The receptionist who sits behind a company’s front desk for 40 hours a week is clearly its employee, and the consultant who came in for a one-day job is clearly an independent contractor. But what about remote workers, or traveling salespeople, or temps, or tipped service workers?
The difference between employees and independent contractors is a subject that confuses even seasoned business owners. Some employers mistakenly believe that it’s their choice whether or not to classify workers as employees or independent contractors. In actuality, employers must make this distinction based on a set of criteria provided by the IRS. How workers are classified is determined by how an employer defines their roles.
Who’s an Employee?
The majority of American workers are classified as employees. Whether or not the employer controls how, when and where work is done is a big part of determining classification. If an employer requires workers to use its equipment and to be at their work stations during set hours, those workers are being treated as employees and have to be paid and taxed as such.
Employees may or may not get employer-provided benefits like paid vacation time, health insurance coverage and pension plans. They’re protected by labor laws like the Fair Labor Standards Act and should be covered by their employers’ workers’ comp insurance.
How Employees are Paid and Taxed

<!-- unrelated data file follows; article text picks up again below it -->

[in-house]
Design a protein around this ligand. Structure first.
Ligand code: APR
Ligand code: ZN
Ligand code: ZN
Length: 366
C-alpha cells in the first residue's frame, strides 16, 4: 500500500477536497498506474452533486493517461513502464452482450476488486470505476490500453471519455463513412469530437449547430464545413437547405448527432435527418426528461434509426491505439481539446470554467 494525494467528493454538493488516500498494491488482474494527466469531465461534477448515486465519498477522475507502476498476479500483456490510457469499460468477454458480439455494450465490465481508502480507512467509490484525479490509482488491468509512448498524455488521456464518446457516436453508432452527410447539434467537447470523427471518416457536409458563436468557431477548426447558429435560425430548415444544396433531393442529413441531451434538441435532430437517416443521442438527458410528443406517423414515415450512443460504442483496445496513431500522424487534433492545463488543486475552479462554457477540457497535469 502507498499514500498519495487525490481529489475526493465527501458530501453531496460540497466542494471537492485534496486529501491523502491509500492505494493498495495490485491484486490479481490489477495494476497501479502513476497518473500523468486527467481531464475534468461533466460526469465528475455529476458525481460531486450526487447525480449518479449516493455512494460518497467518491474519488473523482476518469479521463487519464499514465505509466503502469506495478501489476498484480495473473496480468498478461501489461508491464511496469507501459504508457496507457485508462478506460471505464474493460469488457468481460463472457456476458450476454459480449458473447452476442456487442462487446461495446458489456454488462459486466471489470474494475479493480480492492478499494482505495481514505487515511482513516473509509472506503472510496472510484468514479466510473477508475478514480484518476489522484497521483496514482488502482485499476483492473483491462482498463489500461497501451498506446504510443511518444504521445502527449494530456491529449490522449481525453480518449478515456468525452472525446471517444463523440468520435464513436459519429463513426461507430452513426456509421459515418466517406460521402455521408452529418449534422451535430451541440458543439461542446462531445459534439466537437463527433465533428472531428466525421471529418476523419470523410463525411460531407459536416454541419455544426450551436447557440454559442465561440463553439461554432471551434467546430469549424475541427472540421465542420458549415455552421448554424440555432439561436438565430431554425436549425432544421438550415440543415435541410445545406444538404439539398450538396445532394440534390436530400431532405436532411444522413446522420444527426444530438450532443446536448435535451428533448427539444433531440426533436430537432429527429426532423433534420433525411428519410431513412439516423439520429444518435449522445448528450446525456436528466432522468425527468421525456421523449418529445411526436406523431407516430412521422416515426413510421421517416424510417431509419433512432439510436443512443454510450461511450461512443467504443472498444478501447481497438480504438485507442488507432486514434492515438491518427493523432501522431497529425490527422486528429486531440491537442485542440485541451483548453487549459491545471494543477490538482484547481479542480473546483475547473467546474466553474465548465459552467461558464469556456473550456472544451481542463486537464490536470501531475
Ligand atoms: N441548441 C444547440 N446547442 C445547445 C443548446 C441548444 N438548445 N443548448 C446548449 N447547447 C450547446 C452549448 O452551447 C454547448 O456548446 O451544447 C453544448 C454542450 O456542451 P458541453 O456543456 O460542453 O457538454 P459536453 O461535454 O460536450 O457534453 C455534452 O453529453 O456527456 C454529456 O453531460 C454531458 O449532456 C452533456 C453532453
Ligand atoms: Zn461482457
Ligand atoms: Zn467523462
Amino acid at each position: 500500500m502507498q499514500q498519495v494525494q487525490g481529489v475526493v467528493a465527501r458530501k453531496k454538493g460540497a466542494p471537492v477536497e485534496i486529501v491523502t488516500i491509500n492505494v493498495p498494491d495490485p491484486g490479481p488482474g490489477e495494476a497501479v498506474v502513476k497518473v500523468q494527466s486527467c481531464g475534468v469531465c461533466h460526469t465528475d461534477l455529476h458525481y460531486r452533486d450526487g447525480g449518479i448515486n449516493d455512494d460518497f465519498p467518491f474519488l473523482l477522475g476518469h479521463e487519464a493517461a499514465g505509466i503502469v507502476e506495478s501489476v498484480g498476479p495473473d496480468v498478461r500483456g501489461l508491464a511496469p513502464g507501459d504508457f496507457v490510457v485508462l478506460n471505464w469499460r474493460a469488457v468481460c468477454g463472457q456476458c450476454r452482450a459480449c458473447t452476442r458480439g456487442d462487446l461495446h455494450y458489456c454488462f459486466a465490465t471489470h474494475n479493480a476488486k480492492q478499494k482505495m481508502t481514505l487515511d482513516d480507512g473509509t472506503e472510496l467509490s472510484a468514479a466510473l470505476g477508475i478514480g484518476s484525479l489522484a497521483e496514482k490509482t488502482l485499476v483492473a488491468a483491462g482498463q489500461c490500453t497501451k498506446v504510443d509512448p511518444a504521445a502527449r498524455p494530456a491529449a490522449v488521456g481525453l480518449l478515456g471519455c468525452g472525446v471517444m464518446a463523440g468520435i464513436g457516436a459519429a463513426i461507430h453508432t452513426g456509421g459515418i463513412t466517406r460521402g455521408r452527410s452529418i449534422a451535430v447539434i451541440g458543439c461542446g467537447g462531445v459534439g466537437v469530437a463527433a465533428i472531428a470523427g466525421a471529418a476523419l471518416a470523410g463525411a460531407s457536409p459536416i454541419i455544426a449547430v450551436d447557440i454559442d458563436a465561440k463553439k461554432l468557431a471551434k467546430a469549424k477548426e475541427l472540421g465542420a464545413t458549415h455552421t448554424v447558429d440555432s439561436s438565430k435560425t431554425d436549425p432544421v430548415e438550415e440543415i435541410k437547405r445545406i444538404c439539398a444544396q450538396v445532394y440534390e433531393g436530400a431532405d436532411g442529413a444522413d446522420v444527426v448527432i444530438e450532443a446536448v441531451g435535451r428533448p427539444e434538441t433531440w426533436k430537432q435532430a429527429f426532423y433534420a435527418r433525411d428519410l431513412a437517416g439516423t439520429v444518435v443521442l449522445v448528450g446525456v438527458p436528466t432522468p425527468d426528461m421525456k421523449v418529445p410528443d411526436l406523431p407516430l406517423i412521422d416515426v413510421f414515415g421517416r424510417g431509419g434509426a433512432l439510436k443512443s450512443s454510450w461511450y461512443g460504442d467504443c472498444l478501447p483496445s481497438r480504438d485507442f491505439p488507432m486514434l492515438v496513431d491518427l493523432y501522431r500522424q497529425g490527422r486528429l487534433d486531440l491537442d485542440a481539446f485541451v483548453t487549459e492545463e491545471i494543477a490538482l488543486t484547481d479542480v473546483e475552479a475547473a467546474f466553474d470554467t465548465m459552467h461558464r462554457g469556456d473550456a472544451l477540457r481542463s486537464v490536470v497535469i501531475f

An employer may pay an employee a salary or an hourly rate, with payments based on a set pay period. State and federal laws determine how often employers must pay employees. (Here in Massachusetts, employees must be paid weekly or bi-weekly. They must be paid within six or seven days of the end of each pay period, depending on how many days they worked.)
An employee who starts a new job or has a major life event must submit a W-4 with her Social Security number and information about any withholding allowances she’s claiming. It’s the employer’s responsibility to withhold income tax, Social Security and Medicare taxes from an employee’s pay, with the employee contributing an equal share of Social Security and Medicare taxes. The employer must also pay federal unemployment taxes for any employees. At the end of the year, the employer reports the employee’s earnings on W-2 forms.
Who’s an Independent Contractor?
Independent contractors are self-employed. Employers have less control over these workers than they have over employees. They control the result of the work that independent contractors do, but not the actual work itself.
Contractors decide when, where and how they work. They use their own equipment, rather than using employer-provided equipment, and they can take tax deductions for business expenses. These workers aren’t given benefits as part of their compensation, so they tend to charge higher rates than what an hourly or salaried employee would earn for the same amount of work. They’re not protected by labor laws and they’re not eligible for unemployment or workers’ comp benefits.